The latest bounce


An estimated 2,000 people marched in Seattle to commemorate the Nov. 30 anniversary of the World Trade Organization protests (HCN, 12/20/99: WTO limps home from Seattle). The peaceful event turned ugly late in the evening, when about 50 people clashed with police; the confrontation eventually resulted in 140 arrests. Most of those arrested were charged with failing to disperse.

No one has been arrested yet for the attack on the 1,000-year-old redwood that was home to logging protester Julia Butterfly Hill for nearly two years (HCN, 3/15/99: Julia Butterfly won't come down). On Nov. 25, one of Hill's supporters discovered a deep chainsaw gash near the base of the tree. A team of arborists and foresters is working to stabilize the 200-foot-tall tree, which could topple at any time.

Smaller trees are toppling near Santa Fe, N.M. The city has begun logging in its watershed, hoping to protect water quality by reducing the risk of catastrophic fire in the area (HCN, 7/31/00: In New Mexico, a surprising proposal rises from the flames). La Montana de Truchas, a small restoration forestry group, won a contract from the city to thin trees on about 300 acres of the 17,000-acre watershed. Most of the rest of the land is owned by the Forest Service, which plans to begin thinning next summer.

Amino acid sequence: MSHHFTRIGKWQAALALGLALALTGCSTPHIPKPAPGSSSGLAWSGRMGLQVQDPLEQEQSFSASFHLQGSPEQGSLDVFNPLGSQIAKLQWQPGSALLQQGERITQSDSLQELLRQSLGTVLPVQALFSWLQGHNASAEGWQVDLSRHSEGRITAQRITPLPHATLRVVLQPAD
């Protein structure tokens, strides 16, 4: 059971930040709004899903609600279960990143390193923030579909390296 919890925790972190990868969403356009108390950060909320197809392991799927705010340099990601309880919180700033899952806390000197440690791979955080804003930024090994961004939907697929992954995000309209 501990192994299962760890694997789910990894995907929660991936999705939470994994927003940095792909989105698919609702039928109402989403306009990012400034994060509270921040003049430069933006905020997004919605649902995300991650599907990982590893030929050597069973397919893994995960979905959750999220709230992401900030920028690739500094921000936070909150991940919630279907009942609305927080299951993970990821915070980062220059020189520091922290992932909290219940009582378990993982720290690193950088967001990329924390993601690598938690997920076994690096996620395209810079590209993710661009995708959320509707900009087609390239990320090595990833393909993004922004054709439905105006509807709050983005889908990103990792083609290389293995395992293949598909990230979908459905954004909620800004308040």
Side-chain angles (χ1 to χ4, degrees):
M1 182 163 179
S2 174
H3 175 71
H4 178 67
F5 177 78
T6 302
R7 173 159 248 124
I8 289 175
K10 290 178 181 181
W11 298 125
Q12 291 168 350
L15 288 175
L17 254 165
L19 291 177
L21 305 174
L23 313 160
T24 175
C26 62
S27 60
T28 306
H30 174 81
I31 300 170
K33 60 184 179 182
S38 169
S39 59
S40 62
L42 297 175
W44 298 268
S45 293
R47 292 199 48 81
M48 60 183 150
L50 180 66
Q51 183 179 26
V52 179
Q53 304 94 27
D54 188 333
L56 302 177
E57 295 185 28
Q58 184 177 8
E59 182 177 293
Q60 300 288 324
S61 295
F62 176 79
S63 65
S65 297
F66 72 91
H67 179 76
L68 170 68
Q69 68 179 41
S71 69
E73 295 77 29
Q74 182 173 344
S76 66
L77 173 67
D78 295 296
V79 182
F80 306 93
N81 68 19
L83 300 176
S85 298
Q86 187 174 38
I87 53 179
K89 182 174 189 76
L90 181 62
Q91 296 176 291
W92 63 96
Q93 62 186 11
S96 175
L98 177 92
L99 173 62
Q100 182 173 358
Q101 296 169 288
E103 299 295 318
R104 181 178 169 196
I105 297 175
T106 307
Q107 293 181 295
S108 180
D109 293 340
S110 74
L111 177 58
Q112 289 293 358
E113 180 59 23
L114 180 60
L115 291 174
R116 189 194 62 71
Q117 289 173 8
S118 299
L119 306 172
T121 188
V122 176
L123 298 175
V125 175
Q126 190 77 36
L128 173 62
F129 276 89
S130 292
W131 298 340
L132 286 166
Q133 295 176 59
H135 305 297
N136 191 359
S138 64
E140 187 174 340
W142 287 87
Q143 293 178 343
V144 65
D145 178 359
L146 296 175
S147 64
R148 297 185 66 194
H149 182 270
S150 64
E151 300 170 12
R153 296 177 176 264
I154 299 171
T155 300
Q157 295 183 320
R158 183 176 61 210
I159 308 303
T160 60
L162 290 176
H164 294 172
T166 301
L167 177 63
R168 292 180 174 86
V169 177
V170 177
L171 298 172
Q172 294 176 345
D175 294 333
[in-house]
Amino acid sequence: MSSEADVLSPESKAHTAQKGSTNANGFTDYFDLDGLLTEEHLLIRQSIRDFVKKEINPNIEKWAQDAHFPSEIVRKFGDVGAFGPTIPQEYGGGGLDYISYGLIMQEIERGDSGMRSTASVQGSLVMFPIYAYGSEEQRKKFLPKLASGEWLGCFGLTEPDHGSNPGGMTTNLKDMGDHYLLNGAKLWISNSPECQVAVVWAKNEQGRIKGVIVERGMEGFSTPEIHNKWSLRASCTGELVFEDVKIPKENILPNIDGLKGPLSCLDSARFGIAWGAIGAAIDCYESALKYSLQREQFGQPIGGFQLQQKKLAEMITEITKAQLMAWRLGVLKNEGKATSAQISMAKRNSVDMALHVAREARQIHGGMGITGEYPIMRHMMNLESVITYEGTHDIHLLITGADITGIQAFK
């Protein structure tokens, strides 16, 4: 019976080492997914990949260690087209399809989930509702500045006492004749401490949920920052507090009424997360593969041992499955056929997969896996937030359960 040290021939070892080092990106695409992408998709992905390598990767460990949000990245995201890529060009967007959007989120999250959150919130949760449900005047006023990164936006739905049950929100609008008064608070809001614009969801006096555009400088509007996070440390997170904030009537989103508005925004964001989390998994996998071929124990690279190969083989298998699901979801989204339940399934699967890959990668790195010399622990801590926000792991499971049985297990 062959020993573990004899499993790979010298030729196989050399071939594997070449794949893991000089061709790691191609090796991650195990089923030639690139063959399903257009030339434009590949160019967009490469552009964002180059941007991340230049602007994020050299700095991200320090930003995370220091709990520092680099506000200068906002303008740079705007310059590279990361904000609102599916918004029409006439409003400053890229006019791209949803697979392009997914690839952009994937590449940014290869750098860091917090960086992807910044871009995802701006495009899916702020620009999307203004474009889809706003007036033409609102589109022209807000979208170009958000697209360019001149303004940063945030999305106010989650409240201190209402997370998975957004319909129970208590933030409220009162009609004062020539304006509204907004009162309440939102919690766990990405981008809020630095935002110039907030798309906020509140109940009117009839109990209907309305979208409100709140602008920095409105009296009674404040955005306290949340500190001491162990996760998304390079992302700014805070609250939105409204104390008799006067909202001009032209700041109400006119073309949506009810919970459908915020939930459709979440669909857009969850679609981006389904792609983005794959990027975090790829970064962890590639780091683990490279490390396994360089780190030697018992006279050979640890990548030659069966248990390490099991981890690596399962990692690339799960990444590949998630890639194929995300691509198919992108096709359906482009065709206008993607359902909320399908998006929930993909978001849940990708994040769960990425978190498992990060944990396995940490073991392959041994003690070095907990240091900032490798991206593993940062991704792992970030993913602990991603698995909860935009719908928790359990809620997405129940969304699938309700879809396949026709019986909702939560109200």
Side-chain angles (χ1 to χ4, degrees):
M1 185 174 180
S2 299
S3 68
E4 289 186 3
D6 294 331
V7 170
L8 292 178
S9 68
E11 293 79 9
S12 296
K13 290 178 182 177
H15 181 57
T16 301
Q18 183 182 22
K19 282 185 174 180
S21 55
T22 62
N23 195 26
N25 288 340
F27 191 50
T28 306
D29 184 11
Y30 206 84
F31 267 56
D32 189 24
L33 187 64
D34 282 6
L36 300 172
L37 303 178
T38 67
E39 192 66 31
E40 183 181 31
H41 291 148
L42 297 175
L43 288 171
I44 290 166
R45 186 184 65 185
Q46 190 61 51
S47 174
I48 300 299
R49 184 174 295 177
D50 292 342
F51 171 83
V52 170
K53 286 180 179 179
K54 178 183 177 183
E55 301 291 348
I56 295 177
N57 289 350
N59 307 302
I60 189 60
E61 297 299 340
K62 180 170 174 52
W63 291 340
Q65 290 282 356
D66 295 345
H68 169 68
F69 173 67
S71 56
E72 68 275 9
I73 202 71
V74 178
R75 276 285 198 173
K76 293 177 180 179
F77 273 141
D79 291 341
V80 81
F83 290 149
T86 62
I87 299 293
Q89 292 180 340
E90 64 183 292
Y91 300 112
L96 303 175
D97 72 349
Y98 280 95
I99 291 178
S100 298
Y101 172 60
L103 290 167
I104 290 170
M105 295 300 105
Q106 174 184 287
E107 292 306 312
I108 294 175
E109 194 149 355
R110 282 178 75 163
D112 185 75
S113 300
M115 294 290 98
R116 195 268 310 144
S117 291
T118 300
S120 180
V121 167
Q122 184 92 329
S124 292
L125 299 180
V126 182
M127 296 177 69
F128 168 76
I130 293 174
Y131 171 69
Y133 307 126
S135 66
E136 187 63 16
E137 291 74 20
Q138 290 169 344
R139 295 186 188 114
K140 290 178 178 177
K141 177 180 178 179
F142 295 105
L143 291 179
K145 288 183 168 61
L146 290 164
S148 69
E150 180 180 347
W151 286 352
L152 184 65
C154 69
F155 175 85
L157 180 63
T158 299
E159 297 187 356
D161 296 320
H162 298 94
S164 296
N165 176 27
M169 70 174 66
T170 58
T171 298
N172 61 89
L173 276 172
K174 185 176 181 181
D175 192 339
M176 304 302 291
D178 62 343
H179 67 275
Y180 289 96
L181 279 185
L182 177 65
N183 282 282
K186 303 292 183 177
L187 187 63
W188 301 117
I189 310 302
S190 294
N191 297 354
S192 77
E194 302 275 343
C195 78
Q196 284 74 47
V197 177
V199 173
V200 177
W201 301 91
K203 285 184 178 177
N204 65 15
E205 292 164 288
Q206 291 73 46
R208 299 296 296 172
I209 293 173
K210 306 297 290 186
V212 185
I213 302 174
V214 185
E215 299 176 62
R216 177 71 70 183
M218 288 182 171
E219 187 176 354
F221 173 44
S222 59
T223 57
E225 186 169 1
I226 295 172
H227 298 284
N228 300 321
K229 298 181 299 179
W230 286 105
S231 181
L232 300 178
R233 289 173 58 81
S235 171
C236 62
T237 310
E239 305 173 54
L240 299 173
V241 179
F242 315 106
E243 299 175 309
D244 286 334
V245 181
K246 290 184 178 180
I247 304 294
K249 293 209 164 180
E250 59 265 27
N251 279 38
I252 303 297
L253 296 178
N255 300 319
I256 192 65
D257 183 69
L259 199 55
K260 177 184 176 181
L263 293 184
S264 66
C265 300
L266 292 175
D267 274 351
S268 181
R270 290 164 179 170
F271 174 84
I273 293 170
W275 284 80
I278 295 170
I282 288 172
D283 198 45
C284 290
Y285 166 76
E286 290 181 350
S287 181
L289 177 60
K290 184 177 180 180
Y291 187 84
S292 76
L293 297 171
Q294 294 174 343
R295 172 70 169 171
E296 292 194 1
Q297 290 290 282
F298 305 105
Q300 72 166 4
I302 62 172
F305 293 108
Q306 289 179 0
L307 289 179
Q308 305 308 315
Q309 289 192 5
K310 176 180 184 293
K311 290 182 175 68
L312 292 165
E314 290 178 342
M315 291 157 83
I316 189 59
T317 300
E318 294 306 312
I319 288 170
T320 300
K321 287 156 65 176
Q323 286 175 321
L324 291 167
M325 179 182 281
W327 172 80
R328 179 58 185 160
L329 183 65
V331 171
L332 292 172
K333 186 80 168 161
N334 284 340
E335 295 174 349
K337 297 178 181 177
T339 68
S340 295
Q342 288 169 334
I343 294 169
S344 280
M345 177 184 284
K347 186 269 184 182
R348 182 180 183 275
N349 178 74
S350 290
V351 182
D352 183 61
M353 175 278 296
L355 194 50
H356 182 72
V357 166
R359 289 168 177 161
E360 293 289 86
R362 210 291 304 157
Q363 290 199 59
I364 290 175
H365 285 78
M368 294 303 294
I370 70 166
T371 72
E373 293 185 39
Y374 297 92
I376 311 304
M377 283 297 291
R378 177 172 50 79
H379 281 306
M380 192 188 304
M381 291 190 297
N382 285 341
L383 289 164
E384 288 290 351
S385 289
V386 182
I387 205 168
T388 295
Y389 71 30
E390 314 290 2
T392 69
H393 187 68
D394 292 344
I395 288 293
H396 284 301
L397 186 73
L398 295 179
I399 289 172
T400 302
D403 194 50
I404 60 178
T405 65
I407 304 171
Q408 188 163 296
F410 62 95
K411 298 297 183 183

Restoration was also the theme at a Dec. 4 ceremony on the Northern Ute reservation in Utah. In a formal agreement with the federal government, the tribe regained ownership of about 85,000 acres of land. The Utes will give the government 9 percent of the royalties from oil and natural-gas development on the land, and those funds will help clean up the Atlas uranium tailings pile on the bank of the Colorado River near Moab (HCN, 1/31/00: Arizona gets a new monument).

Solutions are harder to find in Colorado, where the state is struggling to keep black-tailed prairie dogs off the endangered species list (HCN, 8/16/99: Standing up for the underdo). On Nov. 16, in an effort to satisfy federal demands for tougher protection, the Colorado Wildlife Commission banned sport hunting of the species. The unexpected move outraged recreational shooters, didn't satisfy environmentalists and left the U.S. Fish and Wildlife Service unimpressed.

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